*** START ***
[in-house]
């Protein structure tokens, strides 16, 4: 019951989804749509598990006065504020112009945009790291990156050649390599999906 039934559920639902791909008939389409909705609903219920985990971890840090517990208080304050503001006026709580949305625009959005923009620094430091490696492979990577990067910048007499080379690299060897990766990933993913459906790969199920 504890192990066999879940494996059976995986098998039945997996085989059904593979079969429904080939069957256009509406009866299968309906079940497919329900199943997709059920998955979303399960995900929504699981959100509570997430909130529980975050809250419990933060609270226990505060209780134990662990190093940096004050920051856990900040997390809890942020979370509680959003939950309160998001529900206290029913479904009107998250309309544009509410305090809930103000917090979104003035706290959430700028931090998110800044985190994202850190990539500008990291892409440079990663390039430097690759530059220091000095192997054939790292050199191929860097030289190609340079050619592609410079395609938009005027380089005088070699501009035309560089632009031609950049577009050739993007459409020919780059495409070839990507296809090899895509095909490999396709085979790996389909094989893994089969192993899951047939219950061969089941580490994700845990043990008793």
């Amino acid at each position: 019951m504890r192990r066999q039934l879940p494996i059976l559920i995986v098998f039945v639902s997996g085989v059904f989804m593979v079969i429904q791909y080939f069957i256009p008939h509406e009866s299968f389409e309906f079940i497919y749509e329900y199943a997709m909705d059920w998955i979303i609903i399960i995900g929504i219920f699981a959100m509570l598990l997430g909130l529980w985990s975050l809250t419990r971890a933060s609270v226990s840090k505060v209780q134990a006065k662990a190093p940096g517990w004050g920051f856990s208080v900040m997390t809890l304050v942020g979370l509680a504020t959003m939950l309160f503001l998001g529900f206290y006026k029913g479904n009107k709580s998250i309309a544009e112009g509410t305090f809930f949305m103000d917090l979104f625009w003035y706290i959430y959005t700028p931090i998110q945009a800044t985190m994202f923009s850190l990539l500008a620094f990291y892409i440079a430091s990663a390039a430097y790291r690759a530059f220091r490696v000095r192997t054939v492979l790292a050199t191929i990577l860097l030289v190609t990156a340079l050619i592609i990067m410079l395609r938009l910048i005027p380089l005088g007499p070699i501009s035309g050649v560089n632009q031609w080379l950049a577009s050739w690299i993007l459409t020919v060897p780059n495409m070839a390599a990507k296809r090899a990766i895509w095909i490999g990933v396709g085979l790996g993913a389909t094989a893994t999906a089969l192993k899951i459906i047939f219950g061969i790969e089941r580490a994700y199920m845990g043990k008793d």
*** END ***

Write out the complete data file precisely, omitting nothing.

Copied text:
[in-house]
């Protein structure tokens, strides 16, 4: 019951989804749509598990006065504020112009945009790291990156050649390599999906 039934559920639902791909008939389409909705609903219920985990971890840090517990208080304050503001006026709580949305625009959005923009620094430091490696492979990577990067910048007499080379690299060897990766990933993913459906790969199920 504890192990066999879940494996059976995986098998039945997996085989059904593979079969429904080939069957256009509406009866299968309906079940497919329900199943997709059920998955979303399960995900929504699981959100509570997430909130529980975050809250419990933060609270226990505060209780134990662990190093940096004050920051856990900040997390809890942020979370509680959003939950309160998001529900206290029913479904009107998250309309544009509410305090809930103000917090979104003035706290959430700028931090998110800044985190994202850190990539500008990291892409440079990663390039430097690759530059220091000095192997054939790292050199191929860097030289190609340079050619592609410079395609938009005027380089005088070699501009035309560089632009031609950049577009050739993007459409020919780059495409070839990507296809090899895509095909490999396709085979790996389909094989893994089969192993899951047939219950061969089941580490994700845990043990008793």
């Amino acid at each position: 019951m504890r192990r066999q039934l879940p494996i059976l559920i995986v098998f039945v639902s997996g085989v059904f989804m593979v079969i429904q791909y080939f069957i256009p008939h509406e009866s299968f389409e309906f079940i497919y749509e329900y199943a997709m909705d059920w998955i979303i609903i399960i995900g929504i219920f699981a959100m509570l598990l997430g909130l529980w985990s975050l809250t419990r971890a933060s609270v226990s840090k505060v209780q134990a006065k662990a190093p940096g517990w004050g920051f856990s208080v900040m997390t809890l304050v942020g979370l509680a504020t959003m939950l309160f503001l998001g529900f206290y006026k029913g479904n009107k709580s998250i309309a544009e112009g509410t305090f809930f949305m103000d917090l979104f625009w003035y706290i959430y959005t700028p931090i998110q945009a800044t985190m994202f923009s850190l990539l500008a620094f990291y892409i440079a430091s990663a390039a430097y790291r690759a530059f220091r490696v000095r192997t054939v492979l790292a050199t191929i990577l860097l030289v190609t990156a340079l050619i592609i990067m410079l395609r938009l910048i005027p380089l005088g007499p070699i501009s035309g050649v560089n632009q031609w080379l950049a577009s050739w690299i993007l459409t020919v060897p780059n495409m070839a390599a990507k296809r090899a990766i895509w095909i490999g990933v396709g085979l790996g993913a389909t094989a893994t999906a089969l192993k899951i459906i047939f219950g061969i790969e089941r580490a994700y199920m845990g043990k008793d």